Austin City Limits Music Festival: Roundup

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The is no question that the Austin City Limits Music Festival is one of the best run festivals in the country. It always provides a wonderful mix of well-known headlining acts, acts establishing themselves as fixtures in the scene, local Austin favorites and exciting emerging artists. Austin, Texas and its beautiful Zilker Park provide a beautiful backdrop for a festival in one of the America’s hippest cities.

First, though, the problems.  No festival is perfect, however: they all have kinks to work out. Transportation and logistical matters at ACL take some careful planning but are easily manageable. Exiting the festival, though, remains problematic. Since there is essentially no parking near the grounds, one must take one of the many trams to a point in downtown or a cab from the cab line provided on the grounds. This is a problem. Both lines invariably feature a massive wait, and over the years I have watched veterans of past festivals gradually leaving earlier and earlier to avoid this wait. This forces one to choose between missing the headlining acts in order to minimize the wait in line, or, remaining to hear incredible music knowing you’ll be stuck afterwards for a wait that averages over an hour. I am sure this is no secret to ACL’s organizers, and that they are working to solve it, but it remains an outstanding issue.

This year was a sell-out (a reported 75,000 tickets) and in 2013 ACL will follow Coachella’s lead (and now the Ultra Music Festival, as well) and offer two weekends of exactly the same acts. Potentially, this could alleviate the logistical issues, (if attendance was reduced in each rendition). If it were up to me, I would also ban both lawn chairs and baby strollers (for the life of me I don’t get why you would bring a baby to a rock show) because their presence made navigating the maze of both makes getting near several of the stages VERY problematic. But these issues, at the end of the day, are small prices to pay to hear the amazing music and have the wonderful experience that is ACL.

We come for the music and that is where ACL shines. This year saw newer acts establishing themselves as artists that are likely to entertain us for years to come, and acts of great importance showing why they have stood the test of time. While great sets were played by the awesome Jack White, the legendary Neil Young and the seemingly ageless Red Hot Chili Peppers, this review will focus on the artists you may not know and artists that you may have heard of but not had a chance to experience yet. Direct your attention towards Spotify and iTunes and have at it.

THE CIVIL WARS just get better and better and I am not quite sure how that is possible. It is quite the feat to draw around 20,000 people to the big stage with just 2 folks singing while one plays guitar. The vocal sound is one of those where the blend and harmony choices make the two sound like there are more than two people singing. It is simple proof that fantastic singing, tasty guitar playing and good songs are enough. One can only be hopeful that a sophomore effort is on the way and I would look for it to make a big splash as music fans seem to not be able to get enough of this Nashville duo.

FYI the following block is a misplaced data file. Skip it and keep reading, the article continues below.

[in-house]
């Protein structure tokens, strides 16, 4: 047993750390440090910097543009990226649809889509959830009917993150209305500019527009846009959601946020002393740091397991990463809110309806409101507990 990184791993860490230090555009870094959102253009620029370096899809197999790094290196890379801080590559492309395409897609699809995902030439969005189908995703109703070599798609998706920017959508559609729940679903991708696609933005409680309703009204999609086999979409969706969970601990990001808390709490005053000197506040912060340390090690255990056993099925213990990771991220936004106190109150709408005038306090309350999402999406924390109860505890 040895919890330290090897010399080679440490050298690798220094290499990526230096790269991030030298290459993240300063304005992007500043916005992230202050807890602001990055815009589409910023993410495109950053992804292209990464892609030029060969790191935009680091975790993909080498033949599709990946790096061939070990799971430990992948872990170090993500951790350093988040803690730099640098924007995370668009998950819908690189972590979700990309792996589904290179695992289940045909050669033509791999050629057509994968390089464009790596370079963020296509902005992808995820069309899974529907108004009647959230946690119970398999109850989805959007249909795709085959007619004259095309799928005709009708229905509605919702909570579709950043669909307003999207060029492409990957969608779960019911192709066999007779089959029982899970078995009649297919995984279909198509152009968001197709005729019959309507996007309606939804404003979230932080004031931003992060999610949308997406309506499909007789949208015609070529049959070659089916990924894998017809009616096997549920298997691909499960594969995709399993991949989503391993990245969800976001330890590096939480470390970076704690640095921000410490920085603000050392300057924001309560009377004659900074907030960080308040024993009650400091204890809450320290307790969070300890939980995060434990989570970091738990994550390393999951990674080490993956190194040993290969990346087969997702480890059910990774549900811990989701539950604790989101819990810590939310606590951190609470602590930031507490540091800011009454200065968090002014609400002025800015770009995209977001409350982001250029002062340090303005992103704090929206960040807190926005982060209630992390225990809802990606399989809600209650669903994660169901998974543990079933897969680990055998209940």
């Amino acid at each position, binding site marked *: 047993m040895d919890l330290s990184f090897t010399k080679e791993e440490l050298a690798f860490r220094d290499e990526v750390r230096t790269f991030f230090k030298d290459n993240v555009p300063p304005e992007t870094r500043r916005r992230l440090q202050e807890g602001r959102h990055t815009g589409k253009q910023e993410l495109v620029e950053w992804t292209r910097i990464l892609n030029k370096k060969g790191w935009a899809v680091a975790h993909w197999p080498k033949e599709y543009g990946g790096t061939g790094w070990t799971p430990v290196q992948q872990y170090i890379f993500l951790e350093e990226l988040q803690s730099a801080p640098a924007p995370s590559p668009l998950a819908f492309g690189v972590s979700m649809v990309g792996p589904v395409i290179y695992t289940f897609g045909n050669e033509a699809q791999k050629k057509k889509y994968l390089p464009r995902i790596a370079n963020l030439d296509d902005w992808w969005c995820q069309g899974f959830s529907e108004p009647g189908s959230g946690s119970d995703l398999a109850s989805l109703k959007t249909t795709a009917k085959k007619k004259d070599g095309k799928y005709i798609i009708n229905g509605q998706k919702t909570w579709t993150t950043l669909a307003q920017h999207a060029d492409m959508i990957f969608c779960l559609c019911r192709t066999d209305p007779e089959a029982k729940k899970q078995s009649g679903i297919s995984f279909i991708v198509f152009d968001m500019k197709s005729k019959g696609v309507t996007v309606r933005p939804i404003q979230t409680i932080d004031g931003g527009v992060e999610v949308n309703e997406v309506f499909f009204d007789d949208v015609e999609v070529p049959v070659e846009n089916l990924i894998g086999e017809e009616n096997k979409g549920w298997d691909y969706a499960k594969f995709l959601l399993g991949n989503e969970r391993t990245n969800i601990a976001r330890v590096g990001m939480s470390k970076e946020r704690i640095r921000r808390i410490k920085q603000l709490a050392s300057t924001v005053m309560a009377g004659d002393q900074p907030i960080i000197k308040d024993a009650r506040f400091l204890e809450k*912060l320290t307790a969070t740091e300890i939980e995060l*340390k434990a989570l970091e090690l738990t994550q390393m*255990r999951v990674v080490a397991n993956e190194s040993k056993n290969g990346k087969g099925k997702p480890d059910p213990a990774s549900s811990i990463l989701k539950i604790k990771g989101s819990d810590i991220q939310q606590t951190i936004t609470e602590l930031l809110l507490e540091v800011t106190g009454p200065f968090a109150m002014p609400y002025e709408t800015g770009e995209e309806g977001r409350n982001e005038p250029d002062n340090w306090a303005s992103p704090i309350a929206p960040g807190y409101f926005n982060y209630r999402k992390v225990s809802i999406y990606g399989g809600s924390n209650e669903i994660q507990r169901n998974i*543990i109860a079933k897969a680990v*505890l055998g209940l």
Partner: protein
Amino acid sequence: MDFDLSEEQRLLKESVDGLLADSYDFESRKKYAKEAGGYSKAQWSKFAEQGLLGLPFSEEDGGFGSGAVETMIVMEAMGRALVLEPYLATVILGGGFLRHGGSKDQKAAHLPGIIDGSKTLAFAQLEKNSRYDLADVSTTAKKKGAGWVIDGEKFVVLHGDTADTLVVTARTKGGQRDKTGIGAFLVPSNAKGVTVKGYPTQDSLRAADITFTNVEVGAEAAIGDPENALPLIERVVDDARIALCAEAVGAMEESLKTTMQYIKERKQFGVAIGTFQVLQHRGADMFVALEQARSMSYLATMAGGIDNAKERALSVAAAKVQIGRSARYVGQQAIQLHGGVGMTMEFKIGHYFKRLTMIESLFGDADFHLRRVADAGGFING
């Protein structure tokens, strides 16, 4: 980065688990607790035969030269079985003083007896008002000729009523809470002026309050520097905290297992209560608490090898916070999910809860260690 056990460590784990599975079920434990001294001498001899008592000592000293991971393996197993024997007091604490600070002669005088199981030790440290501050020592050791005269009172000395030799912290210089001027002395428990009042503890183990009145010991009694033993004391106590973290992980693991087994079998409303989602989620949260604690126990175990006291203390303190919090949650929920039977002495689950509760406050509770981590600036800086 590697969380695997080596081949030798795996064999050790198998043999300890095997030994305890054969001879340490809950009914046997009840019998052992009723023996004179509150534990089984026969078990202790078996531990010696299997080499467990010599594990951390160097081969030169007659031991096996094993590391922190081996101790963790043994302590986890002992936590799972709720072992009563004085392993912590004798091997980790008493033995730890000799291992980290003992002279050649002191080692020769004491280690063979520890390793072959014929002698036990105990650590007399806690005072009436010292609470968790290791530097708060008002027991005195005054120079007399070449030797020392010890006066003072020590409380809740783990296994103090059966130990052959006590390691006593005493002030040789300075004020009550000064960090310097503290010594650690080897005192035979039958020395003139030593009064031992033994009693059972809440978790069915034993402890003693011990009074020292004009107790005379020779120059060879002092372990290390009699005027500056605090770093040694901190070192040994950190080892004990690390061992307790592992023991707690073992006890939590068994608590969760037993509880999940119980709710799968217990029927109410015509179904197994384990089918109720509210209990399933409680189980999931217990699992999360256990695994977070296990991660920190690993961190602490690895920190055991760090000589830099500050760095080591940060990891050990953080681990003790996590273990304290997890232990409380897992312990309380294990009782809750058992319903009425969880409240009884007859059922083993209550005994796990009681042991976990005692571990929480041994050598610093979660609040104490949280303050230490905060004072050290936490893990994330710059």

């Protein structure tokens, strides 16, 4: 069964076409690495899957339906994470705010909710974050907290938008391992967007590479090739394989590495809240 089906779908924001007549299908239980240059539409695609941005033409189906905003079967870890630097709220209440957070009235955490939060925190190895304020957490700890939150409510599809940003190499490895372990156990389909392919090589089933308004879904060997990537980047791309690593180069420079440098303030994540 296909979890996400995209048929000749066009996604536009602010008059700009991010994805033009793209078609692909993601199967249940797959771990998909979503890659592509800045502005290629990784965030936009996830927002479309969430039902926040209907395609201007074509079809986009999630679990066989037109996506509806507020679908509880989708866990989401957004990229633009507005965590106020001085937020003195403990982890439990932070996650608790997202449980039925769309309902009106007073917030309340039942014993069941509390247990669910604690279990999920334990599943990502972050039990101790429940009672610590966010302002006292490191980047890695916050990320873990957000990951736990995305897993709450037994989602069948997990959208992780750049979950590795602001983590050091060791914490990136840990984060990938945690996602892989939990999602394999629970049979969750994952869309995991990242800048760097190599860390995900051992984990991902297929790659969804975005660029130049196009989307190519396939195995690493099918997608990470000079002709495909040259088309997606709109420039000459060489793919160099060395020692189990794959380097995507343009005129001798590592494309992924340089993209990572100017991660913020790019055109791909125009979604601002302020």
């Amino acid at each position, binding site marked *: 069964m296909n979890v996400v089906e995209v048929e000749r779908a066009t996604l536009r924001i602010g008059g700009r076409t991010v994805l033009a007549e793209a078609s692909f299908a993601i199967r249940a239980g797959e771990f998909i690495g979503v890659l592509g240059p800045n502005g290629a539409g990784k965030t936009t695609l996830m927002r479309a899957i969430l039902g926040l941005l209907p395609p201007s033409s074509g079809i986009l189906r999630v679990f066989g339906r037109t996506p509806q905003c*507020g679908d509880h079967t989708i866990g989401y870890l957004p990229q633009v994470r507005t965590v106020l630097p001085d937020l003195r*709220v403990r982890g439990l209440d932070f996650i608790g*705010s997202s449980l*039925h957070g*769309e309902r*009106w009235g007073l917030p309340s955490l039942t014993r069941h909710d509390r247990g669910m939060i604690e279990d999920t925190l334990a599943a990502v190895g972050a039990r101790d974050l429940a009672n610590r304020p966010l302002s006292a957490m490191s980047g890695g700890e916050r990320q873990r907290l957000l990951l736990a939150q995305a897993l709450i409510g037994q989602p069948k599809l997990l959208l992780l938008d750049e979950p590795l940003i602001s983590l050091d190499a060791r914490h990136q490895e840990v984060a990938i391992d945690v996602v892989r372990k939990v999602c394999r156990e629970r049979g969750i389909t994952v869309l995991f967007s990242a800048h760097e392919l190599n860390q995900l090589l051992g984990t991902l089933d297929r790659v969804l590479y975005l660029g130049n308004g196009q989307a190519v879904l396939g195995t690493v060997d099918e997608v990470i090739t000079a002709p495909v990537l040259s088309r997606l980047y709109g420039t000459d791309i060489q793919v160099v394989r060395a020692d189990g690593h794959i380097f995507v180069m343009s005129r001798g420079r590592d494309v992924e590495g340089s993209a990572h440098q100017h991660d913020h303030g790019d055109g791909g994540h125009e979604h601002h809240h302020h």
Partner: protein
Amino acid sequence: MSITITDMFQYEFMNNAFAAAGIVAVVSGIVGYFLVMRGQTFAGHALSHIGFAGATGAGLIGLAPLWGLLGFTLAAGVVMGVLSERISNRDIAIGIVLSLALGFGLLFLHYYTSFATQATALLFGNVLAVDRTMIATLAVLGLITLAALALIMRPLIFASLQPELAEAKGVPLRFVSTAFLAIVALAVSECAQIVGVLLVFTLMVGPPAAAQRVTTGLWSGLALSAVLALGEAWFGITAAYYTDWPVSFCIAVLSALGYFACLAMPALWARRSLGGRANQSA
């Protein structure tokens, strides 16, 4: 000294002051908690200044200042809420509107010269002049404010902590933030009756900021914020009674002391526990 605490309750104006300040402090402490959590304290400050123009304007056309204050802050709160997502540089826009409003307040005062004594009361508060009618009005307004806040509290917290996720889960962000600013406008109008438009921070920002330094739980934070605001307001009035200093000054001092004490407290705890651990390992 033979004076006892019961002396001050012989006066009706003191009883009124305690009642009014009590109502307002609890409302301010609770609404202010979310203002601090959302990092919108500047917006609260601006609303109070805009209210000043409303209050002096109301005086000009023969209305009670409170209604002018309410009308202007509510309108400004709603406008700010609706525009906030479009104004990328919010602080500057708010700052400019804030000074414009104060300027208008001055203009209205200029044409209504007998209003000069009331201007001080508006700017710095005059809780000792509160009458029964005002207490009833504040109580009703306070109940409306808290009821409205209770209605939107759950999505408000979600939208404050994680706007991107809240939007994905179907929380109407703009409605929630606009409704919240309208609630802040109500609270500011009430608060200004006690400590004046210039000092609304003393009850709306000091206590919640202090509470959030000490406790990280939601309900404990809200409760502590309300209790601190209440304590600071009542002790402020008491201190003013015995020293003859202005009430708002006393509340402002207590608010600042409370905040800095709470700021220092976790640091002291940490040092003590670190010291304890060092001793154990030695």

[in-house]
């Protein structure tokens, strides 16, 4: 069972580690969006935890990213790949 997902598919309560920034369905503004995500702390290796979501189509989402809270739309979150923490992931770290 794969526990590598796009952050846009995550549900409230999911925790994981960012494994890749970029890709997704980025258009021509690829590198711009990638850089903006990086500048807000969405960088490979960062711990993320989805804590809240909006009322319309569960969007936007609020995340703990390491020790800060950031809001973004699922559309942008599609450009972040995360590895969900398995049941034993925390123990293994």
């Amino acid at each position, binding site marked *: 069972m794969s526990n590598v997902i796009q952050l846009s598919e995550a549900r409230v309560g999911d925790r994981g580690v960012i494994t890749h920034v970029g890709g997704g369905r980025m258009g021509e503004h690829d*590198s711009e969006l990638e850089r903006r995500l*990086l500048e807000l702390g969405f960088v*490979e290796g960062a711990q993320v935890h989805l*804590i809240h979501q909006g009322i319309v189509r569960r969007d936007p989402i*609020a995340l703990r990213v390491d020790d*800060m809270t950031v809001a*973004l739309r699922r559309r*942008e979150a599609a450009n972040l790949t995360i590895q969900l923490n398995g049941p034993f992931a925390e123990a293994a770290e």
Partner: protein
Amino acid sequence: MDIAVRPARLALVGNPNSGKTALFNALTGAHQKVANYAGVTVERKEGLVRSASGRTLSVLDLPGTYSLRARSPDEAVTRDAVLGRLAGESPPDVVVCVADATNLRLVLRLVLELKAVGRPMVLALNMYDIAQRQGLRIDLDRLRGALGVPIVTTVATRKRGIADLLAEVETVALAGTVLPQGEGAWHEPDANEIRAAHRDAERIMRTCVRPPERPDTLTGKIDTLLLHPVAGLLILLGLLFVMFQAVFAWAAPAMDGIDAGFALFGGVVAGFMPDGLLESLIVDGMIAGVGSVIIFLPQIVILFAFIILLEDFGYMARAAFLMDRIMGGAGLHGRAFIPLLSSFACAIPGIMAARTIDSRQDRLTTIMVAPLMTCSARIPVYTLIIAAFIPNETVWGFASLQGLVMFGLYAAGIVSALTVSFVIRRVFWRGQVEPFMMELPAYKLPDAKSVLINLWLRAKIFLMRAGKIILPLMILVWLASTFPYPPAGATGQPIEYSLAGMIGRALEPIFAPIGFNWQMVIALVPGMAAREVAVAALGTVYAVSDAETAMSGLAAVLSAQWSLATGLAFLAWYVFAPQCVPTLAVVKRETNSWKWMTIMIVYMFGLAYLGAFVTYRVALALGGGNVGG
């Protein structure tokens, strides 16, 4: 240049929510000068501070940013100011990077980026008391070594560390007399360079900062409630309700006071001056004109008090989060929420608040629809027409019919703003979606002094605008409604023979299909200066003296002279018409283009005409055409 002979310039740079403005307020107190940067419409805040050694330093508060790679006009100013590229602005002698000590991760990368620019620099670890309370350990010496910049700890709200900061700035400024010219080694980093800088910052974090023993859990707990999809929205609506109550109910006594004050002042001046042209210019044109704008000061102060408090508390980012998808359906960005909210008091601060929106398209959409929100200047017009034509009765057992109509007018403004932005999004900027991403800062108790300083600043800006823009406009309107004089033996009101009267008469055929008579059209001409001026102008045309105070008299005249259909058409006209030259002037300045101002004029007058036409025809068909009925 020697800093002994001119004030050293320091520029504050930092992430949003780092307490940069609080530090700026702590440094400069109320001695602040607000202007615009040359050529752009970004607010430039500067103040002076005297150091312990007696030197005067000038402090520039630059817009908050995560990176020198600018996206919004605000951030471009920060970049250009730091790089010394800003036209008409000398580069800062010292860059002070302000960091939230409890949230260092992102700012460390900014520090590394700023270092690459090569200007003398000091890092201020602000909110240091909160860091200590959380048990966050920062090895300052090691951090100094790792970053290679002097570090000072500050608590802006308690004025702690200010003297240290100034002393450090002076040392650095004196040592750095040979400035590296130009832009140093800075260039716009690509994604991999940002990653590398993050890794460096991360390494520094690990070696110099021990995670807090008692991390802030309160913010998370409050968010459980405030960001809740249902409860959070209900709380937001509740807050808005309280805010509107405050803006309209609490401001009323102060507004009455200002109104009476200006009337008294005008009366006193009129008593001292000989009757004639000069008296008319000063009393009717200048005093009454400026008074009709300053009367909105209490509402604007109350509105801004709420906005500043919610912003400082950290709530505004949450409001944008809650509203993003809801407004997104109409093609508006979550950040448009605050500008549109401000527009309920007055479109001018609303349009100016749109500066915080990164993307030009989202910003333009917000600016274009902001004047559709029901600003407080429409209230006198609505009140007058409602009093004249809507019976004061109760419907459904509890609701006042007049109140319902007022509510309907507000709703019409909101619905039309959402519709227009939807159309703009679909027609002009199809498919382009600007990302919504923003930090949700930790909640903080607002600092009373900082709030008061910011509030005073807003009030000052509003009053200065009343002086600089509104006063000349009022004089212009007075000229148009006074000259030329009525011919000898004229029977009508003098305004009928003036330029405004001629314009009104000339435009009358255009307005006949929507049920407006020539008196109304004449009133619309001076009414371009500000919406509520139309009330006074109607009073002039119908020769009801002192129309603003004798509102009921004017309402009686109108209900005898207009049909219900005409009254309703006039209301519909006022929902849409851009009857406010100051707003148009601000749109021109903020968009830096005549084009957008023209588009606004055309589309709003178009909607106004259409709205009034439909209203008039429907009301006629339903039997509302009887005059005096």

The hard work of playing every major festival in the last year and tireless touring has now paid off for Austin guitar god/bluesman GARY CLARK JR. After seeing him last year on the small emerging artist BMI stage at last year’s ACL it was a thrill to see him take several big stages at other festivals culminating in his awesome set on the big stage at this year’s ACL. The spawn of Hendrix, Clapton and Stevie Ray is currently reigning as one of rock and blues most exciting artists and with a fawning  full page review in Rolling Stone of his new album (Blak and Blu) the secret is now completely out. This is truly an artist not to be missed.

I hesitate to write about ALABAMA SHAKES as we have covered them here on WE many times but this show was just too good to not take notice. I have enjoyed them each time I have seen them but now they bring an act of great maturity and solidity that only time on the road can bring. Much of the band looks like characters one might see at a deep south truck stop around 2 in the AM…unexpected rock stars to be certain but the entire band plays with such a vast sense of style and purpose. They play and function with seemingly telepathic communication and manage to always be musically right where they should be. Of course, the standout is singer/guitarist Brittany Howard— whom Huey has dubbed “the love child of Janis Joplin and Otis Redding.” What may have seemed timid a year ago is now a dynamic, emotional presence on the stage with a voice polished beautifully rough by further experience. While they may not be buzzed about as much as they were when their debut album Boys & Girls hit big, expect to hear their name called when the Grammy nods are read.